Guest Post: INCOMPREHENSIBLE by Lindsey Nobles

 In Influence, Pop Culture
This entry is part 6 of 19 in the series After Happily Ever After
Lindsey Nobles

You need to read Lindsey’s blog.
It’ll make your life more excellent.

Lindsey is one of my all-time favorite bloggers. Her life, the choices she makes, challenge me to follow Jesus more courageously. Deservedly so, Lindsey was recently listed as one of the 25 Christian Leaders to follow on Twitter. Read her awesome blog here, and follow her on Twitter here.

When I was younger, my friends and I loved to play this game “MASH.” I know, it sounds like a war game, but it was far from that. MASH was a game where your future was randomly laid out for you: what kind of home you’d have (Mansion, Apartment, Shack, House), who you were going to marry, how many kids you would have, what kind of car you’d drive, what kind of job you’d hold. Worst-case scenario you’d drive a mini-van and live in a shack with Arnold, the dorky guy from algebra class, raising eight kids and struggling to make ends meet as a librarian.

Looking back, the peculiar thing about MASH is that being a single child-less with a great job and incredible community was never an option. Because being single at 35 was just plain incomprehensible.

The MASH Game we all played

This seemingly innocent game shaped our expectations unfairly.

Candidly some days I wake up and it still feels a little incomprehensible. As I lift my head up from my pillow I hesitate and wonder, “Is this my life?”

Don’t get me wrong. I have a great life. I have friends, a lot of incredible friends in fact. I have a supportive family. I travel. I have the most adorable dog on the planet. I have a job that challenges me and allows me to make an impact on the world. I feel loved and I feel known.

But this is not the life I envisioned myself living.

Over the years, I have dated a handful of boys seriously. And each relationship was filled with its own set of problems, its own dose of dysfunction. As the song goes “I’ve been cheated, been mistreated…” Sometimes they were to blame. Often I was to blame.

I made mistakes. I allowed a level of intimacy that I feel was inappropriate. I gave an undeserving suitor too much of myself, too much of my heart. I fell for the temptation of letting what was good become what was ultimate. I walked away feeling hurt, betrayed, disappointed, and alone.

Over the last several years, I have been convicted about my past, I have repented and I have made strides in living and loving differently.

But still I have questions. Questions that often are difficult to voice.

L - Heart

In the midst of uncertainty, one thing remains.

What does a healthy dating relationship when you are an adult look like?

Is it okay to allow myself to still hope, to dream for a husband and children?

Do I need to be praying for a husband? What if I can’t pray that prayer? 

How do I balance sitting back, waiting, and trusting, with being in active pursuit of finding a husband? 

As I get older and become more and more independent, how do I push myself to be open to the possibility of sharing my life?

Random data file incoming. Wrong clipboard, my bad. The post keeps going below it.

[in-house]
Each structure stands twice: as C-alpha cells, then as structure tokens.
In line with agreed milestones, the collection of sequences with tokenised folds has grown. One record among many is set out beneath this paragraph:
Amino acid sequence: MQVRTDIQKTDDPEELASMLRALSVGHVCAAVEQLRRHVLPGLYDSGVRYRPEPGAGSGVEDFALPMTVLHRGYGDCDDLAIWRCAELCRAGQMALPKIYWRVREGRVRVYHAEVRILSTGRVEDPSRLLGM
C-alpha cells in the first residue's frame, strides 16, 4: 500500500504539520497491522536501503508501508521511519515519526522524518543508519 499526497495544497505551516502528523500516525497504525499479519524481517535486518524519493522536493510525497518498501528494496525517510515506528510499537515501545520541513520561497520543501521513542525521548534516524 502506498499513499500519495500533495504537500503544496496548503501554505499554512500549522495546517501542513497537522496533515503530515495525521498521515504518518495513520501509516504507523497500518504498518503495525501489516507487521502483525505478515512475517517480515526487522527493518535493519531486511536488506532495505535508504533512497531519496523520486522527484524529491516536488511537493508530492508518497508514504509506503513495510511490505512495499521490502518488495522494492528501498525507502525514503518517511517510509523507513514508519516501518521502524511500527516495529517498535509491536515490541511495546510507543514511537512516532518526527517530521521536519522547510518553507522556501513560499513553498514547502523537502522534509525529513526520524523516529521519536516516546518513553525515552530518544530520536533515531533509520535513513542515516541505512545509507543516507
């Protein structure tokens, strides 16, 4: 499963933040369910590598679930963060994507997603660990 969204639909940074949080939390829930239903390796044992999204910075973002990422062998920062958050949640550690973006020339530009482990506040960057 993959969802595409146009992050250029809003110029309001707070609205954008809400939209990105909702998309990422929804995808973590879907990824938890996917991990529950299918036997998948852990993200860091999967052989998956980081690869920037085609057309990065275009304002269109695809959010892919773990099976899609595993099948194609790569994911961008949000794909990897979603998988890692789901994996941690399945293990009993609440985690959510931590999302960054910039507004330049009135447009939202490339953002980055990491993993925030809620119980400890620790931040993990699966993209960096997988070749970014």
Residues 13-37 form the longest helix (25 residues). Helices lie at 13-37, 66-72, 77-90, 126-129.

Yet in the midst of my questions and confusion, I am 100% confident that He has me right where he wants me. And that His plan for me, albeit incomprehensible at times, is carefully crafted and sure to be full of wondrous surprises.

YOUR TURN: Can you relate to these questions? How do you stay faithful in the midst of uncertainty?

Lindsey is a Texas transplant living in Nashville, Tennessee, with a sincere love for her precious dog Molly, a good red wine and the Pappasitos in the DFW airport {margaritas and fish tacos make layovers so much better}. She can’t believe that Food for the Hungry pays her to do what she loves, mobilize others to go to the hard places and bring hope and help to the children.Visit her blog here.

Series Navigation<< Talk: Teenage DreamTalk: You Always Marry the Wrong Person >>Guest Post: IN CHRIST ALONE by Guy Chmieleski >>
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  • Love you, Linds!

  • lindseyrnobles

    Love you, Bianca Juarez Olthoff. Can’t believe I get to see you…tomorrow.

  • This is so good, Lind’z. I value your honesty. Love you, friend.

  • Gail

    I think that these are questions that every single christian woman in her 20’s and 30’s has asked herself. The other question I would add is, “Did I miss the boat.”

    The umbrella question, over all these specific questions is, “Is God good, kind and sovereign and does he have a plan for my life?” I struggled with these questions in my 20’s and finally came to the conclusion that “if you, then, though you are evil, know how to give good gifts to your children, how much more will your Father in heaven give good gifts to those who ask him! (Matthew 7:11)” The thing is, I started looking at everything I HAD as a good gift from God. My friends, my family, my church, my job…EVERYTHING was a good gift. When you take your focus off of what you want and put it to what you have, life, simply, becomes better even if nothing changes.Now, I have a fairy tail ending. I did meet someone (actually remeet after 10 years) when I was 26 and got married when I was 27 but that’s just the beginning. When you get one thing your heart ALWAYS wants more- whether it be a better marriage, a better apartment, a new house, a baby, your baby to stop crying…our hearts always want more until we train them to rest in the love and good gifts from the Father.

  • Gail,

    I think you’re right on. And it’s not just women… I’ve had plenty of dark nights of the soul over the years. Thanks for your reminder to chase contentment in Jesus no matter what our circumstances.

  • graceisunfair

    I really like the way you put this.

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